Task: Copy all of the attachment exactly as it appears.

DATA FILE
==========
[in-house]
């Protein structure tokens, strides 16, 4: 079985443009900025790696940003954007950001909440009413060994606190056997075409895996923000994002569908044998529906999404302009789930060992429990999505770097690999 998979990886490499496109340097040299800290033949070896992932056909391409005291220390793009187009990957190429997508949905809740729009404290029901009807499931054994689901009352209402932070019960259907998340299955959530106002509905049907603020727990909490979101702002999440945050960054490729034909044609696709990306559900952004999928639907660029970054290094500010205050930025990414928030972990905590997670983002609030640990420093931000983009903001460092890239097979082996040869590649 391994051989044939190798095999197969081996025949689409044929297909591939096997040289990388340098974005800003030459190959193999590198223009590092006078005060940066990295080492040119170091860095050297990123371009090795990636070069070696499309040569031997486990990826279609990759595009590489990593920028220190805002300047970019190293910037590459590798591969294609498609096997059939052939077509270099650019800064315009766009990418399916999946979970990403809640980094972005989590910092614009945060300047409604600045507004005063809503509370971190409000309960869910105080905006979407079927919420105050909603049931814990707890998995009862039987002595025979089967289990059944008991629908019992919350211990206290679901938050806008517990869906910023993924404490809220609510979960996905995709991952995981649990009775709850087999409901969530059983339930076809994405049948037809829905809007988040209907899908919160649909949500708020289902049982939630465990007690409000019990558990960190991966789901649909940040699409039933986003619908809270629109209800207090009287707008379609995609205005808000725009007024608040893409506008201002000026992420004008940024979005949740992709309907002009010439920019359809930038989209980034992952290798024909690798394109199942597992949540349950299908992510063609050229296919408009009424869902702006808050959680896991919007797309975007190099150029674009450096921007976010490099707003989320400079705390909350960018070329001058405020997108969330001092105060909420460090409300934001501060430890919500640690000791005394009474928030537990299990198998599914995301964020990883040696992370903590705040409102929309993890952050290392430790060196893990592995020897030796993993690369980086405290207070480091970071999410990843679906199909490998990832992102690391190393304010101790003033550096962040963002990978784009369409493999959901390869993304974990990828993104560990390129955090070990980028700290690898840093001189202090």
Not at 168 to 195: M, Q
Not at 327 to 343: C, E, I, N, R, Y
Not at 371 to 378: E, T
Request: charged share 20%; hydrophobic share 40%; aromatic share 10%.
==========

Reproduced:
[in-house]
């Protein structure tokens, strides 16, 4: 079985443009900025790696940003954007950001909440009413060994606190056997075409895996923000994002569908044998529906999404302009789930060992429990999505770097690999 998979990886490499496109340097040299800290033949070896992932056909391409005291220390793009187009990957190429997508949905809740729009404290029901009807499931054994689901009352209402932070019960259907998340299955959530106002509905049907603020727990909490979101702002999440945050960054490729034909044609696709990306559900952004999928639907660029970054290094500010205050930025990414928030972990905590997670983002609030640990420093931000983009903001460092890239097979082996040869590649 391994051989044939190798095999197969081996025949689409044929297909591939096997040289990388340098974005800003030459190959193999590198223009590092006078005060940066990295080492040119170091860095050297990123371009090795990636070069070696499309040569031997486990990826279609990759595009590489990593920028220190805002300047970019190293910037590459590798591969294609498609096997059939052939077509270099650019800064315009766009990418399916999946979970990403809640980094972005989590910092614009945060300047409604600045507004005063809503509370971190409000309960869910105080905006979407079927919420105050909603049931814990707890998995009862039987002595025979089967289990059944008991629908019992919350211990206290679901938050806008517990869906910023993924404490809220609510979960996905995709991952995981649990009775709850087999409901969530059983339930076809994405049948037809829905809007988040209907899908919160649909949500708020289902049982939630465990007690409000019990558990960190991966789901649909940040699409039933986003619908809270629109209800207090009287707008379609995609205005808000725009007024608040893409506008201002000026992420004008940024979005949740992709309907002009010439920019359809930038989209980034992952290798024909690798394109199942597992949540349950299908992510063609050229296919408009009424869902702006808050959680896991919007797309975007190099150029674009450096921007976010490099707003989320400079705390909350960018070329001058405020997108969330001092105060909420460090409300934001501060430890919500640690000791005394009474928030537990299990198998599914995301964020990883040696992370903590705040409102929309993890952050290392430790060196893990592995020897030796993993690369980086405290207070480091970071999410990843679906199909490998990832992102690391190393304010101790003033550096962040963002990978784009369409493999959901390869993304974990990828993104560990390129955090070990980028700290690898840093001189202090």
Not at 168 to 195: M, Q
Not at 327 to 343: C, E, I, N, R, Y
Not at 371 to 378: E, T
Request: charged share 20%; hydrophobic share 40%; aromatic share 10%.